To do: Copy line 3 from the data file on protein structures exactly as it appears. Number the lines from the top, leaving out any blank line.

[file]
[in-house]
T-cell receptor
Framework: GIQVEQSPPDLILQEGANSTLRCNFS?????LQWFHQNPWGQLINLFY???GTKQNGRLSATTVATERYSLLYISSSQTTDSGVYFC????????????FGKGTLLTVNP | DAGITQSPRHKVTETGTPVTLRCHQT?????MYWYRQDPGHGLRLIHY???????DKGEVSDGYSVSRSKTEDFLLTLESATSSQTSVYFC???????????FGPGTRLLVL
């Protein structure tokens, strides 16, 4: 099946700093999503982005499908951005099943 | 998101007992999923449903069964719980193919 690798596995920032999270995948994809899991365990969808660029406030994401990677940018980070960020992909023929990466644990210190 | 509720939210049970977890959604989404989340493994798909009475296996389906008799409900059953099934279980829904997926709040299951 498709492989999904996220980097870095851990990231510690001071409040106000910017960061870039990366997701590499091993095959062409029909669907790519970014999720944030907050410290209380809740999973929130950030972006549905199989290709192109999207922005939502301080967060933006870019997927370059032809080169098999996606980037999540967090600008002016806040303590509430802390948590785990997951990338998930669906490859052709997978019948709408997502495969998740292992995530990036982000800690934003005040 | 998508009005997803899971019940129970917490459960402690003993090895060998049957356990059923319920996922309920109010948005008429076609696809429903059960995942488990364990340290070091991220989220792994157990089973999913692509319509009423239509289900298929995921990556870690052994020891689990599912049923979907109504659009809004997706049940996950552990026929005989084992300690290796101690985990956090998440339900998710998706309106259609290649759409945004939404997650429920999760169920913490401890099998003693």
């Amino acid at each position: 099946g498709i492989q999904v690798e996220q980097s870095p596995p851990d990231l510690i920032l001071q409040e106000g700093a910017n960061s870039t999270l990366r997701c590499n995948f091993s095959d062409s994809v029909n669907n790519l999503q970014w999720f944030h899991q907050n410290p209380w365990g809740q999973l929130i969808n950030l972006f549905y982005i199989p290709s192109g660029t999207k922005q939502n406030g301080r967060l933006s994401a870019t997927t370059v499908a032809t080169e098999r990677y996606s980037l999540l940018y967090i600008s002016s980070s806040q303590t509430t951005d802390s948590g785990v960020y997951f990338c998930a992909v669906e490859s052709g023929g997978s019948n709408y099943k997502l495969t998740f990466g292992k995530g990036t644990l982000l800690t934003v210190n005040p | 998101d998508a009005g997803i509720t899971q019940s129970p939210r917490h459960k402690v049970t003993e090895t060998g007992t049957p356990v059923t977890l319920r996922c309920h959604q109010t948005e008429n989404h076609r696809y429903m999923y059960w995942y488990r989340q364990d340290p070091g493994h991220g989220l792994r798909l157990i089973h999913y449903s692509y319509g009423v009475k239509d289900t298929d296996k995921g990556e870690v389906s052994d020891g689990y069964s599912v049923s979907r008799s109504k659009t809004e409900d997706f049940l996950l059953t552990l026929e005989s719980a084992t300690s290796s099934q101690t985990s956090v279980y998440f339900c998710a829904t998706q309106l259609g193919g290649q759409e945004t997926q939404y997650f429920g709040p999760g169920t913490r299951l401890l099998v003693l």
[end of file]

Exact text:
Framework: GIQVEQSPPDLILQEGANSTLRCNFS?????LQWFHQNPWGQLINLFY???GTKQNGRLSATTVATERYSLLYISSSQTTDSGVYFC????????????FGKGTLLTVNP | DAGITQSPRHKVTETGTPVTLRCHQT?????MYWYRQDPGHGLRLIHY???????DKGEVSDGYSVSRSKTEDFLLTLESATSSQTSVYFC???????????FGPGTRLLVL